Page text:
Improving performance of a nested for loop

Hi, sorry this is kind of a beginner/performance question. I want to generate a matrix of all of the pairwise differences among the rows of a matrix. The code below works, but gets slow as matrices get large (e.g., 1000 x 200 )

 c = [1 2 3 ; 4 5 6 ; 7 8 9 ; 10 11 12];
 cdist = [0 0 0];
 
for j = 1:3:
    for h = (j+1):4 
        global cdist
        cdist = vcat(cdist, abs.(c[j, :] - c[h, :])')
        end
end
 
cdist = cdist[2:(size(cdist)[1]), :];

I read in the performance tips that it’s preferable to avoid using global variables, but I don’t understand how to output the matrix at the end without doing this…
Thanks in advance!

Welcome! Since I saw you edited your post a couple of times to try to fix the formatting, you might want to take a look at PSA: how to quote code with backticks which explains how to quote your code properly.

3 Likes

yes, thank you very much. you read my mind

To answer your actual question, there are a lot of things we can do to improve this code. The first one is to, as you mentioned, avoid using global variables. This is easy if you put your code into a function, which is always a good idea:

julia> function distance_matrix(c)
           cdist = [0 0 0]

           for j = 1:3
               for h = (j+1):4
                   cdist = vcat(cdist, abs.(c[j, :] - c[h, :])')
               end
           end

           cdist = cdist[2:(size(cdist)[1]), :];
           return cdist
       end
distance_matrix (generic function with 1 method)

julia> c = [1 2 3 ; 4 5 6 ; 7 8 9 ; 10 11 12];

julia> distance_matrix(c)
6×3 Array{Int64,2}:
 3  3  3
 6  6  6
 9  9  9
 3  3  3
 6  6  6
 3  3  3

Before we work on performance of the code, the first thing to do is to make sure it gives the correct output. Is this what you expect to get?

7 Likes

yes! this is the result I’m looking for

Ok, then we should measure the performance so we know if we’re having an effect:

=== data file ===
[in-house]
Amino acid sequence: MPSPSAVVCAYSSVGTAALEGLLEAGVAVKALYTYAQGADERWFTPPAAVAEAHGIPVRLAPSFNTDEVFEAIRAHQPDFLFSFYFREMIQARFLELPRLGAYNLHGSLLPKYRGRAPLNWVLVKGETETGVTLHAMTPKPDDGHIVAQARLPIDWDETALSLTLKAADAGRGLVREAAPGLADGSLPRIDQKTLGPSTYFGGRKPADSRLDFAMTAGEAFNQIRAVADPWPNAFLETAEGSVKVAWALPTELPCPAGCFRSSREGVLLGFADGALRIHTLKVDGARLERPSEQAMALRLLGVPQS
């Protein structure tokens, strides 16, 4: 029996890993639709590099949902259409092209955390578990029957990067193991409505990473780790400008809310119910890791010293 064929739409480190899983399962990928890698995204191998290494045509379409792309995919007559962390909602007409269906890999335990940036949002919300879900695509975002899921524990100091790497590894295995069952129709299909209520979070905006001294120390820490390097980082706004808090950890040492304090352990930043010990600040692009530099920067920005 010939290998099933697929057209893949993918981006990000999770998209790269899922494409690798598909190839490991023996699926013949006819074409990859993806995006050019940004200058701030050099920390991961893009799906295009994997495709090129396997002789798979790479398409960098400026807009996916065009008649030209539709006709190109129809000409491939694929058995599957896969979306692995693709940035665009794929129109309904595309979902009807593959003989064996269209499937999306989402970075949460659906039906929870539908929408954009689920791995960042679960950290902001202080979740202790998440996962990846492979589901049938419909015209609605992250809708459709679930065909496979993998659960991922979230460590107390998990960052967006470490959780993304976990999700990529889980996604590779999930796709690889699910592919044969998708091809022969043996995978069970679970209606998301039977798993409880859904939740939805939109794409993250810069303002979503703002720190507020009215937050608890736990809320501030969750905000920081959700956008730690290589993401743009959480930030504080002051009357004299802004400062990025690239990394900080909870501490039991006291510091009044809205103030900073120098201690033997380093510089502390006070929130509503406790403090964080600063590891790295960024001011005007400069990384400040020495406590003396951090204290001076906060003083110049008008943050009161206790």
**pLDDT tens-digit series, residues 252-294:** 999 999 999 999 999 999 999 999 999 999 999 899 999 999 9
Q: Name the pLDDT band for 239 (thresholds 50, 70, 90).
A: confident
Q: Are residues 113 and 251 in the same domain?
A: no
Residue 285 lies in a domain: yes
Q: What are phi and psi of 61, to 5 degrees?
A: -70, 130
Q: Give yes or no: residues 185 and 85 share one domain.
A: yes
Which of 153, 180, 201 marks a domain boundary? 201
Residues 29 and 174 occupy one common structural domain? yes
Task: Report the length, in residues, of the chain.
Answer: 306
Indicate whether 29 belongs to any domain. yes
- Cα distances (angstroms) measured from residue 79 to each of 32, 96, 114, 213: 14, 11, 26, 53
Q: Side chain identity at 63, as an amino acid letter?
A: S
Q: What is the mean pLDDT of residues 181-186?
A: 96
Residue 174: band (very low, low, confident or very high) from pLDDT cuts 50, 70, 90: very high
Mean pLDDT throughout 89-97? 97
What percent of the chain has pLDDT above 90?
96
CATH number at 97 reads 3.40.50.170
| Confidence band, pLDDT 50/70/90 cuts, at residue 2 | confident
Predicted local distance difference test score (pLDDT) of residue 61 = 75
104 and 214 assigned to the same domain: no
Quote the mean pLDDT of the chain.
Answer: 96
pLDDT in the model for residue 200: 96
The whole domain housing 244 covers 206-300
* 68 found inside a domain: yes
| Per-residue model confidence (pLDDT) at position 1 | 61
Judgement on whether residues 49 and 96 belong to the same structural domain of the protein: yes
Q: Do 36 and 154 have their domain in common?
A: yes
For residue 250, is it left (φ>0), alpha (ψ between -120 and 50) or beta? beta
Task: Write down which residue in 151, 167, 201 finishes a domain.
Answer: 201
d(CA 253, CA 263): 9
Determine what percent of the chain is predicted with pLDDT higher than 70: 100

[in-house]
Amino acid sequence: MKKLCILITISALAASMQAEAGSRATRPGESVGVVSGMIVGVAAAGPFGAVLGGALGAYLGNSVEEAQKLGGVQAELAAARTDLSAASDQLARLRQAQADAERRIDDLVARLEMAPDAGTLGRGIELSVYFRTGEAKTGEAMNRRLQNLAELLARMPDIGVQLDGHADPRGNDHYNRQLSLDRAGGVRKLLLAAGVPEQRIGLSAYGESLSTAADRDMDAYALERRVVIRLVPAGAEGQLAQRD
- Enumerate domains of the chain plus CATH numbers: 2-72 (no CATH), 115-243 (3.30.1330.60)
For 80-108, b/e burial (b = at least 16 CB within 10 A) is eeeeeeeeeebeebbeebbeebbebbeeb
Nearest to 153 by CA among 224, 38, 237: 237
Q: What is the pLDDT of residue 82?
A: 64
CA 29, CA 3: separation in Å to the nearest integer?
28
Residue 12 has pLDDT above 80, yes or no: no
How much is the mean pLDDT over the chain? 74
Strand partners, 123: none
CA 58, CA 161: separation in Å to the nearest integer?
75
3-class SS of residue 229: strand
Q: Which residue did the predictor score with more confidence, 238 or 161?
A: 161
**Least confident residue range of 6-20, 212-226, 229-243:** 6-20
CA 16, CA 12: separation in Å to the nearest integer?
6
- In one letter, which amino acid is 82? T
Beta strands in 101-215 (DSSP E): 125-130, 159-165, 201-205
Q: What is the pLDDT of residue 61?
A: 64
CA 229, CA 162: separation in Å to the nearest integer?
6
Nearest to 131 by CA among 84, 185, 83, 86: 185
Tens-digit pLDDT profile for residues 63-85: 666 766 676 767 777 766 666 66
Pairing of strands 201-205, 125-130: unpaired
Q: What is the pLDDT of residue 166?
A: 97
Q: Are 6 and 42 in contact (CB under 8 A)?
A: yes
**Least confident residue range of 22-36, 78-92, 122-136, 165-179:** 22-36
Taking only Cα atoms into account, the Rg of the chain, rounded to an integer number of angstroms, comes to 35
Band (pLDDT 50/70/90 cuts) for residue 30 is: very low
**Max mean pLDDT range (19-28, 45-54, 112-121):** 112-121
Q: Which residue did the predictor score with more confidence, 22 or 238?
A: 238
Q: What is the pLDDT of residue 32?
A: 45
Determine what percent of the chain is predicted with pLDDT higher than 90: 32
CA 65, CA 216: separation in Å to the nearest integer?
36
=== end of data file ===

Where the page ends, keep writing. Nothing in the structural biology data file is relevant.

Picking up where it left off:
julia> using Pkg

julia> Pkg.add("BenchmarkTools")

julia> using BenchmarkTools

julia> @btime distance_matrix($c)
  1.134 μs (44 allocations: 4.36 KiB)

1 microsecond is indeed pretty slow for an operation on such a small matrix. There are several things in this code that are likely to be slow:

  1. It creates a lot of intermediate vectors and copies: When you do c[j, :], you create a copy of that row of the matrix, which is wasteful in this case. You can do @view(c[j, :]) to avoid that copy. That won’t make a big difference when each row is three elements, but it’s important for larger slices.
  2. It repeatedly calls vcat to build up a matrix, which is going to be pretty slow because vcat-int a matrix requires allocating a whole new matrix to hold the result, copying the data over, and then adding the new row.

One easy way to get really good performance in this case is to pre-allocate the entire result matrix and then write out the loop:

# Returns the nth triangle number, i.e. the sum of
# 1 + 2 + ... + n
#
# (I learned this algorithm from a wonderful book called "The Number Devil"
# when I was a kid).
function triangle_number(n)
    if iseven(n)
        (n ÷ 2) * (n + 1)
    else
        ((n + 1) ÷ 2) * n
    end
end


function distance_matrix2(c)
    # Allocate a matrix to hold the result. The number of rows
    # depends on the `n - 1`th triangle number, where n is the number
    # of rows of `c`. Hooray Math!
    cdist = zeros(eltype(c), triangle_number(size(c, 1) - 1), size(c, 2))
    row = 1
    for j in 1:(size(c, 1) - 1)
        for h in (j + 1):size(c, 1)
            for k in 1:size(c, 2)
                cdist[row, k] = abs(c[j, k] - c[h, k])
            end
            row += 1
        end
    end
    return cdist
end

Let’s check the result:

julia> distance_matrix2(c) == distance_matrix(c)
true

And see how it performs:

julia> @btime distance_matrix2($c)
  61.270 ns (1 allocation: 224 bytes)